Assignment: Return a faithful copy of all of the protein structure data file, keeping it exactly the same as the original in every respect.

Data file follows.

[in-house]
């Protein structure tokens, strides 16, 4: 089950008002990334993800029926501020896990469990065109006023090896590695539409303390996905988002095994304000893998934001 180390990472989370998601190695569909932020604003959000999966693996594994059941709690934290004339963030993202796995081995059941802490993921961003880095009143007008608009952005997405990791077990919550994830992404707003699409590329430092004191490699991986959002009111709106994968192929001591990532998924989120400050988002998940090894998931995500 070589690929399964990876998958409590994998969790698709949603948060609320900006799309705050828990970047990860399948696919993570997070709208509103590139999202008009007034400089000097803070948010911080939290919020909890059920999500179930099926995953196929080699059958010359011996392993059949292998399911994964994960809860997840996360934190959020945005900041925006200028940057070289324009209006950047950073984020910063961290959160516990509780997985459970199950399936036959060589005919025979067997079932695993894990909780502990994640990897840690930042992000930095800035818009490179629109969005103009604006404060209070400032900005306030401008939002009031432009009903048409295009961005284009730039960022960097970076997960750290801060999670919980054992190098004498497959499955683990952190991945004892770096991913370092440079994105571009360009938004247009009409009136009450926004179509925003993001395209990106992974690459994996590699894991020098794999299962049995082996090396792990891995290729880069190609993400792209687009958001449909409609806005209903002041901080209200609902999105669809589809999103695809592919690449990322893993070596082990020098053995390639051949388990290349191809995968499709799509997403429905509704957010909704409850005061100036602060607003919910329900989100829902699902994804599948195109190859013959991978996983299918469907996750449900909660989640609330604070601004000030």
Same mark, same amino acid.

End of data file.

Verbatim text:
[in-house]
């Protein structure tokens, strides 16, 4: 089950008002990334993800029926501020896990469990065109006023090896590695539409303390996905988002095994304000893998934001 180390990472989370998601190695569909932020604003959000999966693996594994059941709690934290004339963030993202796995081995059941802490993921961003880095009143007008608009952005997405990791077990919550994830992404707003699409590329430092004191490699991986959002009111709106994968192929001591990532998924989120400050988002998940090894998931995500 070589690929399964990876998958409590994998969790698709949603948060609320900006799309705050828990970047990860399948696919993570997070709208509103590139999202008009007034400089000097803070948010911080939290919020909890059920999500179930099926995953196929080699059958010359011996392993059949292998399911994964994960809860997840996360934190959020945005900041925006200028940057070289324009209006950047950073984020910063961290959160516990509780997985459970199950399936036959060589005919025979067997079932695993894990909780502990994640990897840690930042992000930095800035818009490179629109969005103009604006404060209070400032900005306030401008939002009031432009009903048409295009961005284009730039960022960097970076997960750290801060999670919980054992190098004498497959499955683990952190991945004892770096991913370092440079994105571009360009938004247009009409009136009450926004179509925003993001395209990106992974690459994996590699894991020098794999299962049995082996090396792990891995290729880069190609993400792209687009958001449909409609806005209903002041901080209200609902999105669809589809999103695809592919690449990322893993070596082990020098053995390639051949388990290349191809995968499709799509997403429905509704957010909704409850005061100036602060607003919910329900989100829902699902994804599948195109190859013959991978996983299918469907996750449900909660989640609330604070601004000030």
Same mark, same amino acid.